"We work with our manufacturing partners -- both hardware and software -- to craft the right solution for the hybrid and multicloud environment to address the security challenges they face," Morin said.

Automation to have lasting impact

When it comes to workforce-related technology trends, 2017 is poised to feature automation as a particularly important topic.

Bozhidar Hristov, senior analyst with Technology Business Research Inc., a technology market research company based in Hampton, N.H., said that while political developments such as Brexit and the Trump administration may have short-term effects on IT, automation will have a more lasting influence.

"Automation is the longer term impact, broadly speaking, for the workforce and the IT service industry," Hristov said.

Automation, he added, will leave its mark on IT services companies with respect to jobs and project pricing.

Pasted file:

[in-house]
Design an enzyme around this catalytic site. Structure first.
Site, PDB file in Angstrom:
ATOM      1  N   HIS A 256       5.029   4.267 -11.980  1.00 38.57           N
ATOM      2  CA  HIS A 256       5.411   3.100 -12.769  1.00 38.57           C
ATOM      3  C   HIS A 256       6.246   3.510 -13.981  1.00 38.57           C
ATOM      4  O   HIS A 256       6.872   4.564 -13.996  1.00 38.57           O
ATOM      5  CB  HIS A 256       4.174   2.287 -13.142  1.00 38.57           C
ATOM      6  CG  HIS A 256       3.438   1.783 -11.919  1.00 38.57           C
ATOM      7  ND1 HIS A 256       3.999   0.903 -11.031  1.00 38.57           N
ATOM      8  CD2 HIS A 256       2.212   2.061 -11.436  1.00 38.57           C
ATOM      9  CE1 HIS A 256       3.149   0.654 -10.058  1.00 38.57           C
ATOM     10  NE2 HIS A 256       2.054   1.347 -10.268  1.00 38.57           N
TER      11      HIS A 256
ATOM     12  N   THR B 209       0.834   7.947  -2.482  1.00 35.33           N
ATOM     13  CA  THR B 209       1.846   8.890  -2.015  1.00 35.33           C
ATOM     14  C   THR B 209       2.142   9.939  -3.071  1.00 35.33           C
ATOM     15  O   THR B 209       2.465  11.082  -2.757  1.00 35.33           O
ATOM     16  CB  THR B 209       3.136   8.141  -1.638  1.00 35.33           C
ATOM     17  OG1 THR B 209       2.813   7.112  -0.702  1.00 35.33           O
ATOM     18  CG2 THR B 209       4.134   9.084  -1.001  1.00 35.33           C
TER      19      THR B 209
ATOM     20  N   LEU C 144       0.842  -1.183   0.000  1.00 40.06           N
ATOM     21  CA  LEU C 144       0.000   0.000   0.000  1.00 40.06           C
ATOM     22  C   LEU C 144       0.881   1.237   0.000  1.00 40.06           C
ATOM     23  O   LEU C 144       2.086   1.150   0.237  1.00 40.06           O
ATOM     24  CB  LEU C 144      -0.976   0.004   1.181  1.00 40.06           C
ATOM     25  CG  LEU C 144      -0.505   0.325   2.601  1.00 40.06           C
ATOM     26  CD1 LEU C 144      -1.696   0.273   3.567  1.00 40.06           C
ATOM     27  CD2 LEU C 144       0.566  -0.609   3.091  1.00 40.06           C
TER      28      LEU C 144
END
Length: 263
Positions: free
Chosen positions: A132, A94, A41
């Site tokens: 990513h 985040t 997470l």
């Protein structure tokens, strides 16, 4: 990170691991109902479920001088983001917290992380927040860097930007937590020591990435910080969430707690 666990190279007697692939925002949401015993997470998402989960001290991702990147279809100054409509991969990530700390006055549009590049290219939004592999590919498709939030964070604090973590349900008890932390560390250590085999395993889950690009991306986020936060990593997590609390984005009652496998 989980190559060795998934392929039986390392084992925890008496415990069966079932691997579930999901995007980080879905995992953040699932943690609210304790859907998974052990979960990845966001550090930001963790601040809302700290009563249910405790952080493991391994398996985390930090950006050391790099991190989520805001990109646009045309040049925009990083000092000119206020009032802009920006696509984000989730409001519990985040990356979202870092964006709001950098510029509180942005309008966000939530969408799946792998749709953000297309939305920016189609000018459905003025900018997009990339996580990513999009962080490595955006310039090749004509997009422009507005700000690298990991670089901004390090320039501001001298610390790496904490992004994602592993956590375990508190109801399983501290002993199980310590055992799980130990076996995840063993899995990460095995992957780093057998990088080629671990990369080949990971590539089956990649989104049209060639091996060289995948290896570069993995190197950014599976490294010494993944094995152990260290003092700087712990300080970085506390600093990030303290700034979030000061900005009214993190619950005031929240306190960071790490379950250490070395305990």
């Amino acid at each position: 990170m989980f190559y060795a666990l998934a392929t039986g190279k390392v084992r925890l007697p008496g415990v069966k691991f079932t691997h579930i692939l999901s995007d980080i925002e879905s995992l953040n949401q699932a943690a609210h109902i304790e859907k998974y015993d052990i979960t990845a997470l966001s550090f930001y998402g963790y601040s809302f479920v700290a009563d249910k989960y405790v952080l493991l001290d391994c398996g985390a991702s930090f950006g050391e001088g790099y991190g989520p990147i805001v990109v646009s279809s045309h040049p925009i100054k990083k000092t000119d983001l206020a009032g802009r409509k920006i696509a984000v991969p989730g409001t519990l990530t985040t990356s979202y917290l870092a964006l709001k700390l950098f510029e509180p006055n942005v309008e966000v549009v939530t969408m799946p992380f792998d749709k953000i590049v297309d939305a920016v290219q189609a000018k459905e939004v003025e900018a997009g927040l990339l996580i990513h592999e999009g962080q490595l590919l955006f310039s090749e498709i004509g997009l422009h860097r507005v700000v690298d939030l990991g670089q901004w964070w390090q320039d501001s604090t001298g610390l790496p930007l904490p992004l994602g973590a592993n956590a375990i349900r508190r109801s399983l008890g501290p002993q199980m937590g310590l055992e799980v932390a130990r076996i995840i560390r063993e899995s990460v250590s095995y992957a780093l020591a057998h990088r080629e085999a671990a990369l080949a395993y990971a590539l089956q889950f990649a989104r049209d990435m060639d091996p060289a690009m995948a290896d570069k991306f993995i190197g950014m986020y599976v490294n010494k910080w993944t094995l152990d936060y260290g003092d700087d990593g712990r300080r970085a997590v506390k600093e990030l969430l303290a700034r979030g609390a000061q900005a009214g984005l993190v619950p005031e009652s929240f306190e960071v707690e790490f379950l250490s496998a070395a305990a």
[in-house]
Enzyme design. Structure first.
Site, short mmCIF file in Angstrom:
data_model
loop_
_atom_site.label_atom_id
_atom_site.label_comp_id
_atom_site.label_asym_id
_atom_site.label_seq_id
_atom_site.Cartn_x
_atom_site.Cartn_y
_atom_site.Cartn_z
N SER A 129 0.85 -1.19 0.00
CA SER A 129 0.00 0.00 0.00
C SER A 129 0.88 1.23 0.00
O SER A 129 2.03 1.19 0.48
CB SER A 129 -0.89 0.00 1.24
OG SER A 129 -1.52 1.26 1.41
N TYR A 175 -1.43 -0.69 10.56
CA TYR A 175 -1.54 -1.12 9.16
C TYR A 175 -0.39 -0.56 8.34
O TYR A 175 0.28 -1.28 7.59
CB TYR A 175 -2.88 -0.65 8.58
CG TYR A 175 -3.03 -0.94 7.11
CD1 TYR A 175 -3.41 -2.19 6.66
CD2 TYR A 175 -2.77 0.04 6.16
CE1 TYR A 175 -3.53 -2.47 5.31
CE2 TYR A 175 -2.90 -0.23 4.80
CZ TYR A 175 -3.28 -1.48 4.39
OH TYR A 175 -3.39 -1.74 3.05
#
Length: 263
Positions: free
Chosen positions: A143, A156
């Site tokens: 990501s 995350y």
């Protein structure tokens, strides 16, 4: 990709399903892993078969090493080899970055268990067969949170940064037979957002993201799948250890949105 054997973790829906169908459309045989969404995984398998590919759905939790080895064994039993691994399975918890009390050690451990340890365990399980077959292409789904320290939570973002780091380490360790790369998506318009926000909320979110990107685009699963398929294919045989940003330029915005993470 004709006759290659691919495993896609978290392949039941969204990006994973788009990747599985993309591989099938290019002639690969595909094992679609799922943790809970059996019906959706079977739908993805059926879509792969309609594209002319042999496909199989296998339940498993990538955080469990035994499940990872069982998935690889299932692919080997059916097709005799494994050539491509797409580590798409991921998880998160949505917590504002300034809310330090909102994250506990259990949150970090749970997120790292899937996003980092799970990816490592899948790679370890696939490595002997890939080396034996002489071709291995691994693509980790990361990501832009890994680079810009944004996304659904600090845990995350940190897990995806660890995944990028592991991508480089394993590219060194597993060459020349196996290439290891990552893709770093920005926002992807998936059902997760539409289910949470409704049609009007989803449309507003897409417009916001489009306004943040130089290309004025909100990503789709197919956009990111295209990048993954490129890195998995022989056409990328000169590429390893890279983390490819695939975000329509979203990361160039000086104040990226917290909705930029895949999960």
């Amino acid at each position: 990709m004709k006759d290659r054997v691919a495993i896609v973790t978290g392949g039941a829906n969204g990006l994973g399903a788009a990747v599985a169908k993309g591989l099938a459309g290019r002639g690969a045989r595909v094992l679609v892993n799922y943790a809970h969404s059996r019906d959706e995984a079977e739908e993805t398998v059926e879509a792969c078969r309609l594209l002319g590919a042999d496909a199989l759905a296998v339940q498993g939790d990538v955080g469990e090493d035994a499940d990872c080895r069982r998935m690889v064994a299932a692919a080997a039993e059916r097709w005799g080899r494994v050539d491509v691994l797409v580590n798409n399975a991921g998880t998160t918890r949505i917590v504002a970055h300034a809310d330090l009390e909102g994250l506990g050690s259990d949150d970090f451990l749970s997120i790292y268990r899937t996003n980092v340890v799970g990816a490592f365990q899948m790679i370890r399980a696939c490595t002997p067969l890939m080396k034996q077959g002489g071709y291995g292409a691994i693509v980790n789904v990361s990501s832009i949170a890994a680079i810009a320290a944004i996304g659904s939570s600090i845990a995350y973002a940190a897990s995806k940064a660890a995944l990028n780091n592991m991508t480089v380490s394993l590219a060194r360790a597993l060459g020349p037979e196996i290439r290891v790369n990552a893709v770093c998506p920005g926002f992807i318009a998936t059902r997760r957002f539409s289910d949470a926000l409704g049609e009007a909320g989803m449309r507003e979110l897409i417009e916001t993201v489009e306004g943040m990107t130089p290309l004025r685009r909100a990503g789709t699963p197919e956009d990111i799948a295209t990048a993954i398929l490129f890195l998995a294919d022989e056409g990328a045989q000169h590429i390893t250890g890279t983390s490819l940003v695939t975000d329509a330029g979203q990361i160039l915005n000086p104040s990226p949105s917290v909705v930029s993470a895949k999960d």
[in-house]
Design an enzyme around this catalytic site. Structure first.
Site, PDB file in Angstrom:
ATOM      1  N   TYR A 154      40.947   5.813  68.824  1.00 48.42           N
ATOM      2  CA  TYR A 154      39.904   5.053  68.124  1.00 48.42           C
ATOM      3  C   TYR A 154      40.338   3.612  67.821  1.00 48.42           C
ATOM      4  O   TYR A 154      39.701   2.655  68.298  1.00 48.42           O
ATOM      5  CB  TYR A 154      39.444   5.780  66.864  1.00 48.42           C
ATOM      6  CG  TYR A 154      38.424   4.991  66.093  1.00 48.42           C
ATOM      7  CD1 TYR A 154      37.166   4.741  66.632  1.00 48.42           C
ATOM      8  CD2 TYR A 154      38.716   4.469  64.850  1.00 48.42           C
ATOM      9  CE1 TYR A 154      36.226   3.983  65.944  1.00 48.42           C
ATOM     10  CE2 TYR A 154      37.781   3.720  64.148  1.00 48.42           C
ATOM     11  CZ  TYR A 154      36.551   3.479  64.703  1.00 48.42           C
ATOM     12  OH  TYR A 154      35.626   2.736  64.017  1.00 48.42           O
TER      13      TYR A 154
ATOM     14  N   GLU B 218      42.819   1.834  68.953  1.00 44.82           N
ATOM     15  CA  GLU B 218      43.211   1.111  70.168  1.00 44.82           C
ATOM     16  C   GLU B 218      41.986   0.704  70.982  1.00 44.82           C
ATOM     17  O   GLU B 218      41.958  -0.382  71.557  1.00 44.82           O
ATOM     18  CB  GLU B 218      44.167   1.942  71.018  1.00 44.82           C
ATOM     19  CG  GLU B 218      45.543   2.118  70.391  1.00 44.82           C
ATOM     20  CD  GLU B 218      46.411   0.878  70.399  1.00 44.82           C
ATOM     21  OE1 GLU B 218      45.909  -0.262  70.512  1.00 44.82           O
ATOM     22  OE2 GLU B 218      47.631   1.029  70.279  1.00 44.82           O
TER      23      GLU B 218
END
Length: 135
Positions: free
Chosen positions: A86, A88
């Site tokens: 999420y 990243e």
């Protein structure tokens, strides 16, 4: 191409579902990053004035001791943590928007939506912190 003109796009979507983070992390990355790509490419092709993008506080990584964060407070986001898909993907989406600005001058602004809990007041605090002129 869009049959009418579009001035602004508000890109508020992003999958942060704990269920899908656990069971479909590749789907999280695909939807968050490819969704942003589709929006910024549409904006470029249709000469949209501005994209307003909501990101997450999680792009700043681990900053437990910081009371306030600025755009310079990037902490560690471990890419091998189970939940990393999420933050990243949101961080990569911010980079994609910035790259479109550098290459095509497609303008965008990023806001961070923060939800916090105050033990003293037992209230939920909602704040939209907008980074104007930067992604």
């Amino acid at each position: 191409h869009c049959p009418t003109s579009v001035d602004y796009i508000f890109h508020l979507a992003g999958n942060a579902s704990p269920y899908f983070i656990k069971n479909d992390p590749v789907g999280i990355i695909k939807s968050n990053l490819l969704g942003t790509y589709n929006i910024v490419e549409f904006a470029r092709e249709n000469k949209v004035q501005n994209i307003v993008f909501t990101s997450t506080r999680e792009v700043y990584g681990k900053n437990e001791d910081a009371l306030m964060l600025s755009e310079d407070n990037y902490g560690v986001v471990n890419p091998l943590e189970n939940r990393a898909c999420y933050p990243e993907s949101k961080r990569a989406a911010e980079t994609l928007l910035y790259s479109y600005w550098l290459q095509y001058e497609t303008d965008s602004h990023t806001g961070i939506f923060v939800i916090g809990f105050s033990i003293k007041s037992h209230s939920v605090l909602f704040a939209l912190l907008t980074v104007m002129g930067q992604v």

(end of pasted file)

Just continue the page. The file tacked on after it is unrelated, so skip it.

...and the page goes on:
Automation will also play a role in cybersecurity next year, as security service providers struggle to sort through thousands of security events to identify the handful of actual incidents that need to be addressed. Kushto said automation can save personnel from the monotony of looking for the incident needle in the event haystack. The trend toward security suites will also facilitate automation.

"It is really the consolidation of products around single vendors that will continue to drive the automation message," Kushto said. "The continuing acceleration of automation is going to be huge going into next year."

Another aspect of automation, robotic process automation (RPA), has already started to transform IT service delivery in 2016. RPA, at present, is mainly used to execute routine steps and to automate repetitive functions, such as password reset requests. In the coming years, RPA will link up with big data and analytics to push the field in new directions.